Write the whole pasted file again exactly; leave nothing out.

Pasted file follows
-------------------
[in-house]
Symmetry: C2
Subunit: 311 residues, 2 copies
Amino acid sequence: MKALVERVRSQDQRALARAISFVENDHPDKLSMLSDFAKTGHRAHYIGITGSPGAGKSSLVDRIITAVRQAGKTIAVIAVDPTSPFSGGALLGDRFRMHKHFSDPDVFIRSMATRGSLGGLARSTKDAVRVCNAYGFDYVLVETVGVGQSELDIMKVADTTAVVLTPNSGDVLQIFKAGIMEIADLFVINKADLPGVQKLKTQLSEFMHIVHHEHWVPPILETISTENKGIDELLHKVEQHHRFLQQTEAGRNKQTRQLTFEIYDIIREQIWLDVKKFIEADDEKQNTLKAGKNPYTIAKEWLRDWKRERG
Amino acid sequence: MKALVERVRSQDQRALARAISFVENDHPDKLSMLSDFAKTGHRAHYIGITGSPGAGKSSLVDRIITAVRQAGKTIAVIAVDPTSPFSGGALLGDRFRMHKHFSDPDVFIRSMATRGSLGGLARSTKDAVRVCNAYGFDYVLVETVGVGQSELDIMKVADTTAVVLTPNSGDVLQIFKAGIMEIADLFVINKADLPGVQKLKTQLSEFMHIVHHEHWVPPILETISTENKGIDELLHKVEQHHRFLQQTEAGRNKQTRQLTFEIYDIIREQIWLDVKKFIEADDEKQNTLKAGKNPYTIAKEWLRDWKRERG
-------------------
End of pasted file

[in-house]
Symmetry: C2
Subunit: 311 residues, 2 copies
Amino acid sequence: MKALVERVRSQDQRALARAISFVENDHPDKLSMLSDFAKTGHRAHYIGITGSPGAGKSSLVDRIITAVRQAGKTIAVIAVDPTSPFSGGALLGDRFRMHKHFSDPDVFIRSMATRGSLGGLARSTKDAVRVCNAYGFDYVLVETVGVGQSELDIMKVADTTAVVLTPNSGDVLQIFKAGIMEIADLFVINKADLPGVQKLKTQLSEFMHIVHHEHWVPPILETISTENKGIDELLHKVEQHHRFLQQTEAGRNKQTRQLTFEIYDIIREQIWLDVKKFIEADDEKQNTLKAGKNPYTIAKEWLRDWKRERG
Amino acid sequence: MKALVERVRSQDQRALARAISFVENDHPDKLSMLSDFAKTGHRAHYIGITGSPGAGKSSLVDRIITAVRQAGKTIAVIAVDPTSPFSGGALLGDRFRMHKHFSDPDVFIRSMATRGSLGGLARSTKDAVRVCNAYGFDYVLVETVGVGQSELDIMKVADTTAVVLTPNSGDVLQIFKAGIMEIADLFVINKADLPGVQKLKTQLSEFMHIVHHEHWVPPILETISTENKGIDELLHKVEQHHRFLQQTEAGRNKQTRQLTFEIYDIIREQIWLDVKKFIEADDEKQNTLKAGKNPYTIAKEWLRDWKRERG